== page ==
islamic state, IS, syria
In the final weeks IS held a camp near Baghuz, Syria thousands of people evacuated the area, far more than any militaries or aid groups expected, pictured near Baghuz on March 10, 2019. VOA

Recovery for now-destroyed former IS holdings, including major cities in both Syria and Iraq, will require political will, investment and education, according to Kurd. If cities and towns remain in shambles without services or economies to speak of, extremism will continue to thrive, no matter who is officially in charge, he said.

“If we don’t get rid of the extremism, IS can come back at any time and destabilize our lands,” he added, speaking on the phone from his office in Qameshli, Syria.

Over the last few months, SDF forces battled for Baghuz, the last IS stronghold. Militants fought bitterly as IS supporters poured into camps and prisons, often vowing that IS will rise again.

But even back in 2016, when IS’s imminent demise was just becoming apparent in Mosul, Umm Aysha could see members of the group plotting their survival.

“There were two militants wearing veils among the women we came with,” she whispered. “They were wearing makeup and everything.”

Unveiled

The next time we saw Umm Aysha was only a few weeks later in November 2016, but we didn’t recognize her at first. She had cast off the black full-body and face veil and replaced it with a pink headscarf and a smile.

islamic state, syria, IS
In the final weeks IS held a camp near Baghuz, Syria thousands of people evacuated the area, far more than any militaries or aid groups expected, pictured near Baghuz on March 10, 2019. VOA

She was at one of the camps housing displaced families in northern Iraq, and the weeks without bombings had been a relief. The camp was quickly filling up and others were opening across Iraq and Syria. Millions of people would flee their homes as the fighting continued.

“It’s this one,” she said, showing us the tent her family would make a home for the winter, despite the increasingly cold and rainy weather.

She didn’t know then, that this tent would become her only home.

Over the course of the next 28 months, IS-held towns and cities fell to Iraqi, Syrian and coalition forces. Thousands of civilians were killed in airstrikes, and the bodies of militants were left strewn across the region.

In the final few months of fighting, many of the most devoted IS fighters finally surrendered after retreating for months or years with the group before their “last stand” in Baghuz.

Syrian camps and prisons are now packed with IS supporters, including thousands of foreigners–fighters, their wives and their children–from countries that are hesitating, and in some cases refusing, to take them back.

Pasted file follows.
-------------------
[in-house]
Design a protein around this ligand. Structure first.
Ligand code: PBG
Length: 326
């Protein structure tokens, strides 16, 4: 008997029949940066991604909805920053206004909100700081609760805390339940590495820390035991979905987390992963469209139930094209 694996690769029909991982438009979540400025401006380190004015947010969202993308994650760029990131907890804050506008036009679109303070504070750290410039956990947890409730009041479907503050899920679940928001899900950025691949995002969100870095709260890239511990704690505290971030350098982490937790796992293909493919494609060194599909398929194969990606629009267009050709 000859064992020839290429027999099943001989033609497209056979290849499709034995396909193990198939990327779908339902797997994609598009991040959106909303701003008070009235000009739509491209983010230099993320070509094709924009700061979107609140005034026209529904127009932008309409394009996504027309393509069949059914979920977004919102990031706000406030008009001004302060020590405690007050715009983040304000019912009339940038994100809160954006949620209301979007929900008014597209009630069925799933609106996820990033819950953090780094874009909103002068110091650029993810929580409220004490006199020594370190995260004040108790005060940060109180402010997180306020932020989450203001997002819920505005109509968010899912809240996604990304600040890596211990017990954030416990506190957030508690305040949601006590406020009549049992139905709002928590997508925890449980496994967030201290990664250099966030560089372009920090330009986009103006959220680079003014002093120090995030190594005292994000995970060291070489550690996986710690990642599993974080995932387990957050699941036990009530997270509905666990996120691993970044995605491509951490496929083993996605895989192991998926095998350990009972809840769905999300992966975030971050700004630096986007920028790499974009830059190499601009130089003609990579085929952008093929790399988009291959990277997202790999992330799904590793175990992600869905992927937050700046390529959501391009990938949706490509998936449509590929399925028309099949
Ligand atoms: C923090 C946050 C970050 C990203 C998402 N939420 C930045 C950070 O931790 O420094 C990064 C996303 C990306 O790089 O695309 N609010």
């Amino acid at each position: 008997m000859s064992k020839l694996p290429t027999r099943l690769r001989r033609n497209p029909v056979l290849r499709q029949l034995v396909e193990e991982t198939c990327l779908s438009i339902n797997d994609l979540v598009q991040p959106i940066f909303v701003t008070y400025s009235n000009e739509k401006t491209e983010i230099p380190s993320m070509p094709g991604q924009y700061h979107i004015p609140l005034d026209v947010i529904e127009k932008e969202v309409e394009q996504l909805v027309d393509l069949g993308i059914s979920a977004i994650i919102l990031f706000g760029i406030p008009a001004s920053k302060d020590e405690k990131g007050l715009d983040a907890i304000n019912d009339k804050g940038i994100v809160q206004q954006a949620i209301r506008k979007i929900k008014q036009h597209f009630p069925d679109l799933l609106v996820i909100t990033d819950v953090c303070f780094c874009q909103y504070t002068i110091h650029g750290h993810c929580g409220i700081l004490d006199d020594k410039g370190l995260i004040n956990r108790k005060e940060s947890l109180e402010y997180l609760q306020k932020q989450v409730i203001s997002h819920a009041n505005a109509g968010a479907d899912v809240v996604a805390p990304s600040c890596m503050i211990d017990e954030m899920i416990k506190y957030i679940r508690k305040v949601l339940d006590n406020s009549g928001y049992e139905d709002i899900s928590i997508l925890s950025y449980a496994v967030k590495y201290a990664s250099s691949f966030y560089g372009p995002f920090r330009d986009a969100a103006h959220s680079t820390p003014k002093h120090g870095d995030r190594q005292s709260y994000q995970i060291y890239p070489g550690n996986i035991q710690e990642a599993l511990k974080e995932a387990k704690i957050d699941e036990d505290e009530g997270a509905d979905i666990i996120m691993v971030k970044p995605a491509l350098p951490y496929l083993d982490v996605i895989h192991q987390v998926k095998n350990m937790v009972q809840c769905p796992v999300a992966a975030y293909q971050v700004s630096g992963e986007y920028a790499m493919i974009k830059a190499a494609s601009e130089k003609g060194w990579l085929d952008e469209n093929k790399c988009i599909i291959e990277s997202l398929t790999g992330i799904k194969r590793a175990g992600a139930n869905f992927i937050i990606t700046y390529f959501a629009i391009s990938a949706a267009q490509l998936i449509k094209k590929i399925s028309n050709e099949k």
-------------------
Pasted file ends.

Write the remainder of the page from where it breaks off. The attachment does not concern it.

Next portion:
islamic state, syria, IS
“Of course they will grow up with the same ideologies as their fathers,” she said. “I tell my children not to talk about these things.” VOA

Many areas once occupied by IS have been rebuilt, but many have not. Locals whisper that they still fear IS and describe circumstances that lead to the rise of the group that are still present. The region remains unstable, poor and people often feel neglected by authorities.

“It was lucky we escaped early,” Umm Aysha told VOA in late-February this year as the final battles raged on in Syria. We sat in a small space secluded by tarps and blankest outside her tent, as she held her youngest child. Aysha was born only six months before and has never lived outside a camp. “If we had stayed with IS, who knows what my children would be like?”

Future adults

Umm Aysha’s older three children played in the sun, vying to pose for pictures. They were not in school for different reasons. Marwa is 12, and stays home to help with household chores. Nahida, is 4. “I don’t have a backpack,” she said, explaining why she doesn’t go.

Mahmoud, 8, finds some of the children at school to be bullies and his mom fears the ones whose fathers were IS fighters could teach him extremist ideas.

syria, islamic state, IS
More than 90 percent of the population of al-Hol camp are women and children, and most are related to IS members, in al-Hol camp, Syria, March 4, 2019. VOA

“Of course they will grow up with the same ideologies as their fathers,” she said. “I tell my children not to talk about these things.”

At the al-Hol camp in Syria a week later, as IS was in the final throws of battle in Baghuz, children there said they were also not attending school. With about 62,000 new arrivals at the camp since December 4, 2018, the camp is in crisis, short of tents and other far more urgent supplies.

More than 90 percent of the newly-arrived people at al-Hol are women and children, and camp workers say they are nearly all related to IS. Several mothers told us they plan to raise their children to support the next generation of IS, and hope their sons will join the insurgency.

islamic state, IS, syria
Iraqi Federal police tour a neighborhood shortly after a battle, still littered with rubble and bodies of militants in Mosul, Iraq on March 16, 2017. VOA

“My children are free to be fighters or not,” said Umm Mohammed, a mother of five with her black veil fully covering her eyes. “But Islamic State was good.” Like Umm Aysha, Umm Mohammed does not know when, how or if she will be able to move her children out of the camp.

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And across the border in Iraq, Umm Aysha says although she fears IS will soon regroup, that is not the real reason she still lives in a camp, more than two years after she fled her home. She used to live in the suburbs of Mosul, but her neighborhood was destroyed and she doesn’t have the money to rebuild.

“Where would we go back to?” she asked, shrugging. (VOA)